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Page 51 - HARRY, whose tuneful and well-measured song First taught our English music how to span Words with just note and accent, not to scan With Midas' ears, committing short and long, Thy worth and skill exempts thee from the throng, With praise enough for Envy to look wan : To after age thou shalt be writ the man That with smooth air couldst humour best our tongue.
Page 51 - Midas' ears, committing short and long, Thy worth and skill exempts thee from the throng, With praise enough for Envy to look wan : To after age thou shalt be writ the man That with smooth air couldst humour best our tongue. Thou honour'st verse, and verse must lend her wing To honour thee, the priest of Phoebus' quire, That tun'st their happiest lines in hymn or story.
Page 52 - I WAS glad when they said unto me, We will go into the house of the Lord.
Page 78 - Through frost and snow, in sunshine and in rain, Duly as tolls the bell, to the high fane Explores, with faltering footsteps, his dark way, To kneel before his Maker, and to hear The solemn service chanted full and clear.
Page 78 - Explores, with faltering footsteps, his dark way, To kneel before his Maker, and to hear The solemn service chanted full and clear. Ask why, alone, in the same spot he kneels Through the long year ? Oh, the wide world is cold And dark to him, but here no more he feels His sad bereavement : Faith and Hope uphold His heart ; amid the tumult of Mankind He droops no longer: lone, and poor, and blind, His soul is in the choirs aljove the skies, And songs, far off, of angel harmonies.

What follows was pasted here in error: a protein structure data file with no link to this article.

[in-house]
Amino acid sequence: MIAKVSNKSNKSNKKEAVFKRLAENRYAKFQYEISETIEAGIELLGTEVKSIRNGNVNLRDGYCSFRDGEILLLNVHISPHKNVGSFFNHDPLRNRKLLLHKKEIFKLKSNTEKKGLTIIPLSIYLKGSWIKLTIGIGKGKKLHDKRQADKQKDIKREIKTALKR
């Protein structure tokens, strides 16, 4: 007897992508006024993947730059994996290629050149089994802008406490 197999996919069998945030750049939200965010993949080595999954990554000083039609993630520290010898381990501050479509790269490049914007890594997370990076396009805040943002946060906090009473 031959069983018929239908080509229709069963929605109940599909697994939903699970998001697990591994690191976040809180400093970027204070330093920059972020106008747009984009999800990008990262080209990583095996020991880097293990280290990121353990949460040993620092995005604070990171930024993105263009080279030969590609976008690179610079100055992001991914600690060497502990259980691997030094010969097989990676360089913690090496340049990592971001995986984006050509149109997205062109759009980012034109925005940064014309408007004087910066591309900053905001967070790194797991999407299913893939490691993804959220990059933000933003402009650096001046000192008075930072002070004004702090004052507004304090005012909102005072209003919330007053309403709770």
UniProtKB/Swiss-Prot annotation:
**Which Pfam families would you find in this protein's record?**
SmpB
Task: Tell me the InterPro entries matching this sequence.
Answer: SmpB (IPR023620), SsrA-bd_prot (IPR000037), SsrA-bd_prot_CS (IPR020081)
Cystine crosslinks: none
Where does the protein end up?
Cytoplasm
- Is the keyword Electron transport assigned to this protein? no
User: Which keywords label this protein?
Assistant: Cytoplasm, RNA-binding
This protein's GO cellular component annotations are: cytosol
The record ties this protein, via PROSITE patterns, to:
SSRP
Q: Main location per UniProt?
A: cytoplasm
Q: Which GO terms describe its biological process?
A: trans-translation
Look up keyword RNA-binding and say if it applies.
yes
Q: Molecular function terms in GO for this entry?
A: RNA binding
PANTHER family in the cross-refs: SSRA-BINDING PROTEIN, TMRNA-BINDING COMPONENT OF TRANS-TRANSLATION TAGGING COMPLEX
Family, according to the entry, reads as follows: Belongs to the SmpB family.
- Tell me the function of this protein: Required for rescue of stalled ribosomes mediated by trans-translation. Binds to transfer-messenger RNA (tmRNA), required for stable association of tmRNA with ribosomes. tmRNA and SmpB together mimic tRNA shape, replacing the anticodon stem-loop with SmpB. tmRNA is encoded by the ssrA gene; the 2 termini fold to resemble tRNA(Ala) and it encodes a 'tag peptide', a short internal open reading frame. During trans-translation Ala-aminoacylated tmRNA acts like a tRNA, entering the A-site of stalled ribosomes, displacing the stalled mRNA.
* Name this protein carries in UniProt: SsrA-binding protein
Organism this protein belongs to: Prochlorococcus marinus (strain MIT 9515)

Page 45 - Or th' unseen genius of the wood. But let my due feet never fail , To walk the studious cloister's pale, And love the high embowed roof, With antique pillars massy proof, And storied windows, richly dight, Casting a dim religious light. There let the pealing organ blow To the full-voic'd quire below, In service high, and anthems clear, As may with sweetness, through mine ear Dissolve me into ecstasies, And bring all heaven before mine eyes.
Page 55 - And in remembrance of Sion, The tears for grief burst out ; We hanged our harps and instruments The willow-trees upon; For in that place men for their use Had planted many a one.
Page 79 - Oh ! happy if the vain, the rich, the proud — The pageant actors of life's motley crowd — Would drop the mask; the moral prospect scan, And learn one lesson from a poor blind man ! LORD NELSON.
Page 108 - With the same triumphant success the great Arminius is produced, to prove what? that the greater Calvin was not a most ruthless Persecutor? no such thing! that Arminius called him — "an INCOMPARABLE INTERPRETER of scripture !" This, at least, is not Oxford logic ! " But I am no Theologian !" Oh ! if by Theology is meant the Dogmas of that great Theologian, or any part of the spirit of that " incomparable interpreter of scripture...